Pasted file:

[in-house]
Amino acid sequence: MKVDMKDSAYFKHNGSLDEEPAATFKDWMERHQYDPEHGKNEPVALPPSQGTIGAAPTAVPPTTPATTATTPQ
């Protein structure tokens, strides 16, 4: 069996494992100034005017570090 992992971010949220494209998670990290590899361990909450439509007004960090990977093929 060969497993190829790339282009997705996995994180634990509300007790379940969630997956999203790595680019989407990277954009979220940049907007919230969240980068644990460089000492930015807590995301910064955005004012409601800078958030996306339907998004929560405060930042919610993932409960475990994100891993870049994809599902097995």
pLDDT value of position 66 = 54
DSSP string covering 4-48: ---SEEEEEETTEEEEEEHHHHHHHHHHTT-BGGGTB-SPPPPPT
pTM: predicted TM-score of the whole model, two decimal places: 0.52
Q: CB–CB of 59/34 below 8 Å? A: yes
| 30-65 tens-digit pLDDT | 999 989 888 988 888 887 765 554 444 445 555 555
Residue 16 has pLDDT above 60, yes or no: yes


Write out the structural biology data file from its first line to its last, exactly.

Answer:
[in-house]
Amino acid sequence: MKVDMKDSAYFKHNGSLDEEPAATFKDWMERHQYDPEHGKNEPVALPPSQGTIGAAPTAVPPTTPATTATTPQ
């Protein structure tokens, strides 16, 4: 069996494992100034005017570090 992992971010949220494209998670990290590899361990909450439509007004960090990977093929 060969497993190829790339282009997705996995994180634990509300007790379940969630997956999203790595680019989407990277954009979220940049907007919230969240980068644990460089000492930015807590995301910064955005004012409601800078958030996306339907998004929560405060930042919610993932409960475990994100891993870049994809599902097995």
pLDDT value of position 66 = 54
DSSP string covering 4-48: ---SEEEEEETTEEEEEEHHHHHHHHHHTT-BGGGTB-SPPPPPT
pTM: predicted TM-score of the whole model, two decimal places: 0.52
Q: CB–CB of 59/34 below 8 Å? A: yes
| 30-65 tens-digit pLDDT | 999 989 888 988 888 887 765 554 444 445 555 555
Residue 16 has pLDDT above 60, yes or no: yes